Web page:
Best dog crate for road trip training: Diggs Revol Dog Crate
Diggs Revol Dog Crate
With travel-ready features, this pick allows you to tote along your furry friend on just about any adventure. Diggs
If you want to train your puppy as you travel, a compact and foldable dog crate can allow you easy transport for less hassle. This dog travel crate comes in two sizes, small and medium, and features wheels, a collapsible design, and an easy-carry handle help get you situated quickly. In addition, baby industry building standards help to prevent pinched paws or any other injuries. Made of durable materials including high-grade aluminum, steel mesh wire, and reinforced plastic, you can be sure this crate will last for many years to come even as you pack the truck tight. It also includes a removable tray at the base of the crate, allowing you to easily clean it after use.
Best dog crate on budget: MidWest Homes for Pets Dog Crate
MidWest Homes for Pets Dog Crate
Affordability, sturdiness, a wide range of sizes, and two designs give pet owners on a budget plenty of options to keep their dog safely confined. MidWest Homes for Pets
The MidWest Homes for Pets Dog Crate is actually a dog crate with a divider. Each crate includes a divider panel to shrink the usable space or expand it as needed. The design includes sliding-bolt latches, excellent ventilation, and durable construction that resists chewing. This metal dog crate comes in seven sizes and double or single-door designs. The bottom of the crate consists of a sturdy plastic tray, and this kennel has ABS plastic handles for easy transport. Every size also includes rollers to reposition the crate without scratching delicate floors. Finally, the crate collapses for easy storage and reassembles without the use of tools.
Q:Do dogs like big crates?
Dogs are usually more comfortable in a crate that caters to their size. A large dog crate may provide too much room for a small breed. The dog can end up feeling exposed and unprotected rather than cozy and safe. However, the crate should allow the dog to stand without its ears touching the top of the crate. Dogs should have room to lay down and turn around without restriction. To get the right size crate, measure your dog when standing from the top of his ears to the floor, from the tip of the nose to the tail’s base, and across the chest. He’ll need four to six inches of clearance from front to back, side to side, and to the top of the crate.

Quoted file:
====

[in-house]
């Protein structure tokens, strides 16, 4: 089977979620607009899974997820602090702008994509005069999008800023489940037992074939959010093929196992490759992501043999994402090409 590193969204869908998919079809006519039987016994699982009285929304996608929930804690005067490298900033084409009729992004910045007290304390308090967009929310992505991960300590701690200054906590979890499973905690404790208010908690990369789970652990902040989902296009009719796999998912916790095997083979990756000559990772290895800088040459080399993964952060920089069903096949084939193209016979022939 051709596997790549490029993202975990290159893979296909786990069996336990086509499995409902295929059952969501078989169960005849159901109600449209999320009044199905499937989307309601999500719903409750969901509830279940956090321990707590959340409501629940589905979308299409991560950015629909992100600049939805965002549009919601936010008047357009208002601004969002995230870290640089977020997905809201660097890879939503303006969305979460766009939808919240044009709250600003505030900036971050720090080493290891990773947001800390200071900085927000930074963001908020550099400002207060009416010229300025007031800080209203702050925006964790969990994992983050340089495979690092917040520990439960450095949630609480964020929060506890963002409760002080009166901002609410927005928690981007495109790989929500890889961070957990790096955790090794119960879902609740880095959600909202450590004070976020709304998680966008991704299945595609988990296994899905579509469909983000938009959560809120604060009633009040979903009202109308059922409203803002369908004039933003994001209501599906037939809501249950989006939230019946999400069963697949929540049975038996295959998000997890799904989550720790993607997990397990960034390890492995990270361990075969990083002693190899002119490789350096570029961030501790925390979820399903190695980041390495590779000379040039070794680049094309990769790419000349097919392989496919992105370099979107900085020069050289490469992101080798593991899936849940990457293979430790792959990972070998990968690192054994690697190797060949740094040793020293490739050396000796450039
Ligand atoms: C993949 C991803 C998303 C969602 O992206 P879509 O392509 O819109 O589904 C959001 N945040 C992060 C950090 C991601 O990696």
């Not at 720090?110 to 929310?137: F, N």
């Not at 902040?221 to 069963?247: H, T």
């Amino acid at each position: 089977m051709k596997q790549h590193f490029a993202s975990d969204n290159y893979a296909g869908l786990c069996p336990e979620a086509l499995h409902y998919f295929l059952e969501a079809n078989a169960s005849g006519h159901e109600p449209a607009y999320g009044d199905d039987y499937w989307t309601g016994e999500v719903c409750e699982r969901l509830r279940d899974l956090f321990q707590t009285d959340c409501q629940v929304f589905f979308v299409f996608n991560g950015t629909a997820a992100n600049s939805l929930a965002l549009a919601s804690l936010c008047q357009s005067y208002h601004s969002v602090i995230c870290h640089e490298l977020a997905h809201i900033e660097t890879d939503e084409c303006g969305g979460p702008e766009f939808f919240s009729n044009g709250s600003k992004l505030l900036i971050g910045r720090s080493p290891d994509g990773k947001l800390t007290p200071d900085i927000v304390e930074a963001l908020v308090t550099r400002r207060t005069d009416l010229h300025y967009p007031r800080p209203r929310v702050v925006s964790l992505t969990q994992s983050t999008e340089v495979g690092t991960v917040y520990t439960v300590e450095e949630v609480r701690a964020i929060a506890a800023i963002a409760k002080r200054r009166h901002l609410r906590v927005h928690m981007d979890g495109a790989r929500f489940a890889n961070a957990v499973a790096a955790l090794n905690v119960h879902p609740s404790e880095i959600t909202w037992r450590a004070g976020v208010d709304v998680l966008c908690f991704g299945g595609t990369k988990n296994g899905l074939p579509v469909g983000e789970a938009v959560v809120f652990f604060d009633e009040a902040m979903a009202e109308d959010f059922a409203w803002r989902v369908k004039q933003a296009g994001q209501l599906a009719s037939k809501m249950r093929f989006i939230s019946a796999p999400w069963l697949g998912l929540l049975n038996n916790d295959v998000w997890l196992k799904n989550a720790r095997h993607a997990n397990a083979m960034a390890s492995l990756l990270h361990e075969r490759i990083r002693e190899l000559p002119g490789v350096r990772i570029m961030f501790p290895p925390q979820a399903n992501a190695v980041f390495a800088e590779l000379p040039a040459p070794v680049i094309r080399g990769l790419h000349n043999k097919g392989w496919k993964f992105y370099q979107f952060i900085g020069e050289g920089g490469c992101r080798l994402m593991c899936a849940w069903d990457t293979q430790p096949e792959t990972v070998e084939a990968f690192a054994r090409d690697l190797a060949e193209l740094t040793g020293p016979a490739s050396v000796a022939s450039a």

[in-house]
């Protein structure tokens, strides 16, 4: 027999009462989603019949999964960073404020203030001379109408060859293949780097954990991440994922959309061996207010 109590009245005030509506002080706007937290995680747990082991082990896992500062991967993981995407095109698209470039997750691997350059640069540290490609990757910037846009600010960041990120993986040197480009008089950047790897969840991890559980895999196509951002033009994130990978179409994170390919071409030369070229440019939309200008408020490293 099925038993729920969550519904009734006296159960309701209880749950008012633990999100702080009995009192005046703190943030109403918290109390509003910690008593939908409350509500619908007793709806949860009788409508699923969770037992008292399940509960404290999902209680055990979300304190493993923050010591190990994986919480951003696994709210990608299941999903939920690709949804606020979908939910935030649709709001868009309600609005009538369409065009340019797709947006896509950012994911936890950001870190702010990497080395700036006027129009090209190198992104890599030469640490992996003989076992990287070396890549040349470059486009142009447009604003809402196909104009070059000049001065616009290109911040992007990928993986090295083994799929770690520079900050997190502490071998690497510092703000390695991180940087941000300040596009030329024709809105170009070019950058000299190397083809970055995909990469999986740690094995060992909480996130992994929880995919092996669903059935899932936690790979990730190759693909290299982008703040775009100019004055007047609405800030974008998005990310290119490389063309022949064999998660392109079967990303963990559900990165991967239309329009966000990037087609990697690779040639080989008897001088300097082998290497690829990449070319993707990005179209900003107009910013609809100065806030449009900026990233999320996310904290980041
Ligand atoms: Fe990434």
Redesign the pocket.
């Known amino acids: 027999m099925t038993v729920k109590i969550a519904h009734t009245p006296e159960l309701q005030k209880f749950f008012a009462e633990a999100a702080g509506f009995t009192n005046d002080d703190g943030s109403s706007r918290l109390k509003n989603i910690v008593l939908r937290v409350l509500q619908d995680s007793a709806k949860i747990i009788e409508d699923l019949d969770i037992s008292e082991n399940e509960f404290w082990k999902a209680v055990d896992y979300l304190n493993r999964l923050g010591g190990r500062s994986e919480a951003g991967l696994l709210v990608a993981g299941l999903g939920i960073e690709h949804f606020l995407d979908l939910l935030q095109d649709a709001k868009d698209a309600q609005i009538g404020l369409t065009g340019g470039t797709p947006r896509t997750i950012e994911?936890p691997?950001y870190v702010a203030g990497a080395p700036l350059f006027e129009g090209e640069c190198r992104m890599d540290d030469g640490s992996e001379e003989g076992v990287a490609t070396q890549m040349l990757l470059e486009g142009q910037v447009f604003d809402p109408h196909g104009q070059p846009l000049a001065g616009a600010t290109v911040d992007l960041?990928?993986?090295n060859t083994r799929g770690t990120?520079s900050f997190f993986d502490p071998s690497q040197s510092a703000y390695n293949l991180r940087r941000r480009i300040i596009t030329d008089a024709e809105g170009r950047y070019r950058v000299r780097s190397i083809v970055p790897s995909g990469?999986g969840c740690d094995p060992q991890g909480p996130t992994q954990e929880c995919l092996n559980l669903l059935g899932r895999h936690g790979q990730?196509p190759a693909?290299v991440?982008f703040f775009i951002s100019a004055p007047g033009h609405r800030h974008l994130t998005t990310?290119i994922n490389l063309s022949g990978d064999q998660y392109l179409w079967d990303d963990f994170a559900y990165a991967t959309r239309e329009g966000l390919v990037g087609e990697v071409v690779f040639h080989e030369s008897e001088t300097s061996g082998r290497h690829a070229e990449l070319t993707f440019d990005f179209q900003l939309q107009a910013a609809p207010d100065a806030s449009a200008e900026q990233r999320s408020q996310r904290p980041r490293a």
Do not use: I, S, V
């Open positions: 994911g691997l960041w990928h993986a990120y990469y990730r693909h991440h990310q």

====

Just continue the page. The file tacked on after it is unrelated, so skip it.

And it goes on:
Q:Are wire or plastic crates better?
Wire or plastic may be better under certain circumstances. Wire crates provide more ventilation and leave the dog open to the environment. Some dogs love that. They’re confined, yet still part of the action. Plastic crates have a more enclosed space but still have four-sided ventilation. This gives the dog a place to escape from what’s going on outside of the crate. Plastic crates are designed for travel, though they can be used at home, too. They’re lightweight and sometimes include top-carrying handles. Both plastic and wire should resist chewing, but both can succumb to a determined chewer or anxious dog.
Q:What should I look for in a dog crate?
First and foremost, the best dog crate needs to be the right size. Measure your dog and leave four to six inches of clearance in all directions. From there, look for a crate that will fit its purpose. Do you need this crate to take the dog to the vet or a trip to the park? In that case, a collapsible soft-sided crate will probably work. Are you going to fly? Make sure the crate is TSA-approved and meets the specific airline’s pet travel guidelines. Do you need a crate for confinement at home? Collapsible, wire crates work well in this case. They’re inexpensive, lightweight, and come in many sizes. If your dog gets separation anxiety, you may need something a bit sturdier, like a heavy-duty dog crate with reinforced edges and metal construction.
Related: Best Dog Play Pens
The final word on shopping for the best dog crate
Dog crates keep your dog safe and secure when being out in the open could be a danger to him (or your home). The best dog crate will be large enough so your dog can comfortably stand, lay down, and turn around. Collapsible dog crates provide easy storage, and wood dog crates offer a dog crate furniture solution. Other owners may need an indestructible dog crate for a large breed with a talent for escaping. Rest assured there are crates made for dogs of all sizes and personalities in designs for travel, home use, or an occasional visit to the vet.